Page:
Traveling supporter Ian Allsop has revealed how Russian fans wore England shirts in an attempt to go undetected before launching a savage attack prior to the Euro 2016 opener.
Fans from both countries were involved in violent clashes in Marseille's city centre and the Stade Velodrome and it is widely believed most of the trouble was caused by so-called Russian ultras.
One incident in particular became the concern of the British press in which a large group of Russians ambushed largely peaceful England fans in an organised attack.
Allsop, who was part of the group surrounded by those hooligans, claimed there were as many as 300 Russians involved and that many of them were wearing gum shields and even MMA gloves.
More worryingly, he revealed that some were even in England shirts and walked right into the middle of a large group of England fans before launching savage beatings on whoever was within reach.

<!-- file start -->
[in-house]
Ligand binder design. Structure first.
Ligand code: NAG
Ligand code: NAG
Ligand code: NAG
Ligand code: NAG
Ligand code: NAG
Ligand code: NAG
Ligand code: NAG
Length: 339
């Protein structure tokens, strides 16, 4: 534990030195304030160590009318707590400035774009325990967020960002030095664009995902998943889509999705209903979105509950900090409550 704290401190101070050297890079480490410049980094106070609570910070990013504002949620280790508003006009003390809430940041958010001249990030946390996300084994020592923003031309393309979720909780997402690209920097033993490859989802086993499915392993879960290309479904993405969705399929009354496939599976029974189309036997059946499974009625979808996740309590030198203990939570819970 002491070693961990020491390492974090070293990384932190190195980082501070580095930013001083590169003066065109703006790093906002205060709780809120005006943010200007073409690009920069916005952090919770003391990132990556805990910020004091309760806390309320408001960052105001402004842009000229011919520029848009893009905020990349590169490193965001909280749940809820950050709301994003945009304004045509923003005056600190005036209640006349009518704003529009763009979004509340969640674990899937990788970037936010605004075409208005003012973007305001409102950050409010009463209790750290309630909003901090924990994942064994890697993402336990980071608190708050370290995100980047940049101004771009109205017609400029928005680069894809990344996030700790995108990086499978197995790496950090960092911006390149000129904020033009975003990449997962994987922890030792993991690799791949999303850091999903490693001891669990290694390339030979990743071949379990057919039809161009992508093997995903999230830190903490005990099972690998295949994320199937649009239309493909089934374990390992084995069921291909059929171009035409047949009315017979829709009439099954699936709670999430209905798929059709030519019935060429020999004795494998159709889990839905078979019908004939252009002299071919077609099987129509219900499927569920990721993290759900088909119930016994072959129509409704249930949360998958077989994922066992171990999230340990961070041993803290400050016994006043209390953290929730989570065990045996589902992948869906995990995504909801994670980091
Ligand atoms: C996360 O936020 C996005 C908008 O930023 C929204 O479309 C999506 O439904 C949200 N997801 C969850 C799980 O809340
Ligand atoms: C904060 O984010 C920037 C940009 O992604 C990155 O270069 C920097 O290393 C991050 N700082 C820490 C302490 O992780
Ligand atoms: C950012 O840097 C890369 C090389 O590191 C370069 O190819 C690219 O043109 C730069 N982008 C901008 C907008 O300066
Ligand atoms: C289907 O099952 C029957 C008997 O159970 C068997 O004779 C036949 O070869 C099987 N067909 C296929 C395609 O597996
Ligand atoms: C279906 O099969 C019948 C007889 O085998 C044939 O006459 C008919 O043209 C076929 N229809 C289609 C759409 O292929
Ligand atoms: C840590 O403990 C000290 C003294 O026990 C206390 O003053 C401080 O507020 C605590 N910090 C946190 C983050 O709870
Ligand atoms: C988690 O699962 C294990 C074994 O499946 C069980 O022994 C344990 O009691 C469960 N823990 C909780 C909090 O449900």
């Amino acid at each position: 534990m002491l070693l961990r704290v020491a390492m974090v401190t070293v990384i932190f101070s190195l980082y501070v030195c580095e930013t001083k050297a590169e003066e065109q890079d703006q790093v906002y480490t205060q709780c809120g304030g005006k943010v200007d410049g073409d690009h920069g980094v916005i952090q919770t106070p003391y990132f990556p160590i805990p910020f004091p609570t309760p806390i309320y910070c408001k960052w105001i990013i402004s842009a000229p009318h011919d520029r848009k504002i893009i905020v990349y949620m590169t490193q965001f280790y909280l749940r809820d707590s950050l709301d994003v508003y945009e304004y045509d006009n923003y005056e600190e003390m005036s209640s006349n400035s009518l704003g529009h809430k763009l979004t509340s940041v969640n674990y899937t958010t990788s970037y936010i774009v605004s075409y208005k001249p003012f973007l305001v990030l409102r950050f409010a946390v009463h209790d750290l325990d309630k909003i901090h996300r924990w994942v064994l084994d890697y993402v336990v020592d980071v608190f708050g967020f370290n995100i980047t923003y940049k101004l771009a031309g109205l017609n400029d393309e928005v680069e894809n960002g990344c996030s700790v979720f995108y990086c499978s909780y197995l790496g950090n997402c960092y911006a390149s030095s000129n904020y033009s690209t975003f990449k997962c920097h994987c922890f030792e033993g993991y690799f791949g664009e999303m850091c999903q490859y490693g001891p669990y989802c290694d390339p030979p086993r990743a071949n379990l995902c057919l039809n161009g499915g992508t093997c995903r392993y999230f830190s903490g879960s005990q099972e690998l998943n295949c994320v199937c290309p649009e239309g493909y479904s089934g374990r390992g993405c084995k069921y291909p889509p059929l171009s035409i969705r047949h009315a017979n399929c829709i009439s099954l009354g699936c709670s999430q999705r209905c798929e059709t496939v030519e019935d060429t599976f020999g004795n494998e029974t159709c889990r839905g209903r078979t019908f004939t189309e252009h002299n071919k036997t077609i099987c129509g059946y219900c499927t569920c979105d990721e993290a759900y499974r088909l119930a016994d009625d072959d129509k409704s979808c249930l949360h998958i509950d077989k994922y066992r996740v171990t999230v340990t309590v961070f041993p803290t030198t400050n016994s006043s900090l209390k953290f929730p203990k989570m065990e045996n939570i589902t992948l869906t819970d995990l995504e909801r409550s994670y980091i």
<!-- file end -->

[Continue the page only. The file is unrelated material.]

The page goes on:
Knives, baseball bats & bottles
He told The Mirror: “About 300 Russians came out of nowhere in the afternoon. They wore gum shields, some had England shirts on to mix in.
“They just walked straight through all the England fans who were standing about singing. They just started hitting anyone they could.
“One went to punch me and I ducked. But then someone took a wooden bat to my arm. It is killing me today. The Russians were completely organised.
“People were getting bottles smashed on their heads, baseball bats smashed into them. Loads of people were hurt. We told them to stop and they took out knives on us. The police were nowhere then.”
Trouble in the stadium
The fighting before the game continued after the final whistle. Russian fans overcame stewards to storm the England section and appeared to attack fans eager to escape. Some witnesses claim to have seen women and children caught up in the violence.
UEFA have since announced that they will investigate the actions of Russian fans and will announce the verdict, along with any punishment, on Tuesday. The governing body have refused to rule out disqualification for either Russia or England.